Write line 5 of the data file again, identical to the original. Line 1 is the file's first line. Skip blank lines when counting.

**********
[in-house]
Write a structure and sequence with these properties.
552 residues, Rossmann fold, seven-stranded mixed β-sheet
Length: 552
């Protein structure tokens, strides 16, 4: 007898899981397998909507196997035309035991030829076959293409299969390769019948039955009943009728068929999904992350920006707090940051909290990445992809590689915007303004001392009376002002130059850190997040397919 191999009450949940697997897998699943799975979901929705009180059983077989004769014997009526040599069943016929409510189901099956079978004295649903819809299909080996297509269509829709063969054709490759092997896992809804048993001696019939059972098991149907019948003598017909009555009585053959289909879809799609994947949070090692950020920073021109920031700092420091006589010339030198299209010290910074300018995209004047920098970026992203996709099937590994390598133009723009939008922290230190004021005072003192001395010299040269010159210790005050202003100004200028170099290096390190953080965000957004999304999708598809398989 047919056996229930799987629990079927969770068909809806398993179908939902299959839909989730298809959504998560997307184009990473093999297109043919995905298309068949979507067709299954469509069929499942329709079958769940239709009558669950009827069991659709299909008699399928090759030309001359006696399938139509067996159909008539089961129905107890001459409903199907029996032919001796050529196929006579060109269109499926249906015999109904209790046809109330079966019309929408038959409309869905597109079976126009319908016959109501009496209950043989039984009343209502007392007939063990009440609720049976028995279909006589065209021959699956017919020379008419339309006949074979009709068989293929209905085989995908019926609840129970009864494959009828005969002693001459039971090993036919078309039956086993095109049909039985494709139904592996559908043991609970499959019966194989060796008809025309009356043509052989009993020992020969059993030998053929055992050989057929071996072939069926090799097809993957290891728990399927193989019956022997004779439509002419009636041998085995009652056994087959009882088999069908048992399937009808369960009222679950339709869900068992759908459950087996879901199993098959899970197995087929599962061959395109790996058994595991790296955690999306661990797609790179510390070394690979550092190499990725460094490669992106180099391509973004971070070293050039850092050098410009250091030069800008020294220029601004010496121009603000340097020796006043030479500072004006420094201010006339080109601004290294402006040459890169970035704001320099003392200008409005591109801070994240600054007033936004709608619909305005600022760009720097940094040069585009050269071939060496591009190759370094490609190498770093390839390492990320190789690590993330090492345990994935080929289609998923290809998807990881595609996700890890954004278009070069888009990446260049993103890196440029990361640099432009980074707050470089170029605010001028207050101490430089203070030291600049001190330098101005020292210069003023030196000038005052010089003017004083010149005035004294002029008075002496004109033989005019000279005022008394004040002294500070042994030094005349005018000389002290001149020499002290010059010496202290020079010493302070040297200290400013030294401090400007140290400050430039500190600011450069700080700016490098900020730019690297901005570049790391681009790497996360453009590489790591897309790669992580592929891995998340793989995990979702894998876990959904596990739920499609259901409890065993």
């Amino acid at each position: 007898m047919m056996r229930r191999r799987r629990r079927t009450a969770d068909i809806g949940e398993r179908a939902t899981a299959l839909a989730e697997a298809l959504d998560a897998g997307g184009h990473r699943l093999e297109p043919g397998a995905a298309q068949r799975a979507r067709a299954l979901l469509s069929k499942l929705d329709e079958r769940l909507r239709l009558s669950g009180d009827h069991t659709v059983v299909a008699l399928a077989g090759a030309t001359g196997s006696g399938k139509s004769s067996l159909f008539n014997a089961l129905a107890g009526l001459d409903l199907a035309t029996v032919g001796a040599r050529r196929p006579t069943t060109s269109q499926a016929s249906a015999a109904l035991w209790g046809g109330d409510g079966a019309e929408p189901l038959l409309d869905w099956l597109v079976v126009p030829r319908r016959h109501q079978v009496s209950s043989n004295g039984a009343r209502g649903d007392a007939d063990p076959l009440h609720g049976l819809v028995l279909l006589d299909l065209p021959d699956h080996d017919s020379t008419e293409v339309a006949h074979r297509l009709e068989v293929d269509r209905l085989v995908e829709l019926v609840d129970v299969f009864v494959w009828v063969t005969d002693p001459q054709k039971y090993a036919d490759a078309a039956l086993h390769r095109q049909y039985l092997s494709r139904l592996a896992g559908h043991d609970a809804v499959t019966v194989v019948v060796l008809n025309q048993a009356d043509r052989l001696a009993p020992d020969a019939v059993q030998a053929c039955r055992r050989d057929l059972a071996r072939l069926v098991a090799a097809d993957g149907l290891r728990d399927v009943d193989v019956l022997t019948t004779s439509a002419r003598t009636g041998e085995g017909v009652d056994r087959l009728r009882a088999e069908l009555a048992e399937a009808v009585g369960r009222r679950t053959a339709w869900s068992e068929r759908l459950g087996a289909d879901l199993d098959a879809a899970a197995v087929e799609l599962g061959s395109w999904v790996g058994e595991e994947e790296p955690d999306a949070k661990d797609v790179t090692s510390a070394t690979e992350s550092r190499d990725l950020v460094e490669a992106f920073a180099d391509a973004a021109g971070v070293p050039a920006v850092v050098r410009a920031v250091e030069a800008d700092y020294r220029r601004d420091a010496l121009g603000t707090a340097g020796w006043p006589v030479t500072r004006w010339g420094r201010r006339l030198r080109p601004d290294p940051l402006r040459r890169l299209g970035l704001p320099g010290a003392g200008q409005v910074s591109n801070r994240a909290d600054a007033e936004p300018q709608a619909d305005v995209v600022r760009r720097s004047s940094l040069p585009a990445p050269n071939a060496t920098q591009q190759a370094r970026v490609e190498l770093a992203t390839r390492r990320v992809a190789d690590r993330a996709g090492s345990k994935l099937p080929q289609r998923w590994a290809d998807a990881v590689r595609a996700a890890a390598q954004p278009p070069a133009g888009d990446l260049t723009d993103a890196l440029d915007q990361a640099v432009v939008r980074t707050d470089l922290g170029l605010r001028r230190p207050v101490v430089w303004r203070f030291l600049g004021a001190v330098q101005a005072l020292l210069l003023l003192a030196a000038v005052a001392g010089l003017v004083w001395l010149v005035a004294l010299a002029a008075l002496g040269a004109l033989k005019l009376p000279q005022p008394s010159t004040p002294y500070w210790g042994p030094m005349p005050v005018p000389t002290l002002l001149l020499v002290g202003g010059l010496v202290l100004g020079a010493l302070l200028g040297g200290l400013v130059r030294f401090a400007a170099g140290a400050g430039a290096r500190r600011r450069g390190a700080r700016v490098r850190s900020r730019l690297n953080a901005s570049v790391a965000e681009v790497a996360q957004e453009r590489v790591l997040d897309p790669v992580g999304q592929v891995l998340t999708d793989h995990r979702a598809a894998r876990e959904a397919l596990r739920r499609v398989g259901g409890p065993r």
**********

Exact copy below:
């Protein structure tokens, strides 16, 4: 007898899981397998909507196997035309035991030829076959293409299969390769019948039955009943009728068929999904992350920006707090940051909290990445992809590689915007303004001392009376002002130059850190997040397919 191999009450949940697997897998699943799975979901929705009180059983077989004769014997009526040599069943016929409510189901099956079978004295649903819809299909080996297509269509829709063969054709490759092997896992809804048993001696019939059972098991149907019948003598017909009555009585053959289909879809799609994947949070090692950020920073021109920031700092420091006589010339030198299209010290910074300018995209004047920098970026992203996709099937590994390598133009723009939008922290230190004021005072003192001395010299040269010159210790005050202003100004200028170099290096390190953080965000957004999304999708598809398989 047919056996229930799987629990079927969770068909809806398993179908939902299959839909989730298809959504998560997307184009990473093999297109043919995905298309068949979507067709299954469509069929499942329709079958769940239709009558669950009827069991659709299909008699399928090759030309001359006696399938139509067996159909008539089961129905107890001459409903199907029996032919001796050529196929006579060109269109499926249906015999109904209790046809109330079966019309929408038959409309869905597109079976126009319908016959109501009496209950043989039984009343209502007392007939063990009440609720049976028995279909006589065209021959699956017919020379008419339309006949074979009709068989293929209905085989995908019926609840129970009864494959009828005969002693001459039971090993036919078309039956086993095109049909039985494709139904592996559908043991609970499959019966194989060796008809025309009356043509052989009993020992020969059993030998053929055992050989057929071996072939069926090799097809993957290891728990399927193989019956022997004779439509002419009636041998085995009652056994087959009882088999069908048992399937009808369960009222679950339709869900068992759908459950087996879901199993098959899970197995087929599962061959395109790996058994595991790296955690999306661990797609790179510390070394690979550092190499990725460094490669992106180099391509973004971070070293050039850092050098410009250091030069800008020294220029601004010496121009603000340097020796006043030479500072004006420094201010006339080109601004290294402006040459890169970035704001320099003392200008409005591109801070994240600054007033936004709608619909305005600022760009720097940094040069585009050269071939060496591009190759370094490609190498770093390839390492990320190789690590993330090492345990994935080929289609998923290809998807990881595609996700890890954004278009070069888009990446260049993103890196440029990361640099432009980074707050470089170029605010001028207050101490430089203070030291600049001190330098101005020292210069003023030196000038005052010089003017004083010149005035004294002029008075002496004109033989005019000279005022008394004040002294500070042994030094005349005018000389002290001149020499002290010059010496202290020079010493302070040297200290400013030294401090400007140290400050430039500190600011450069700080700016490098900020730019690297901005570049790391681009790497996360453009590489790591897309790669992580592929891995998340793989995990979702894998876990959904596990739920499609259901409890065993």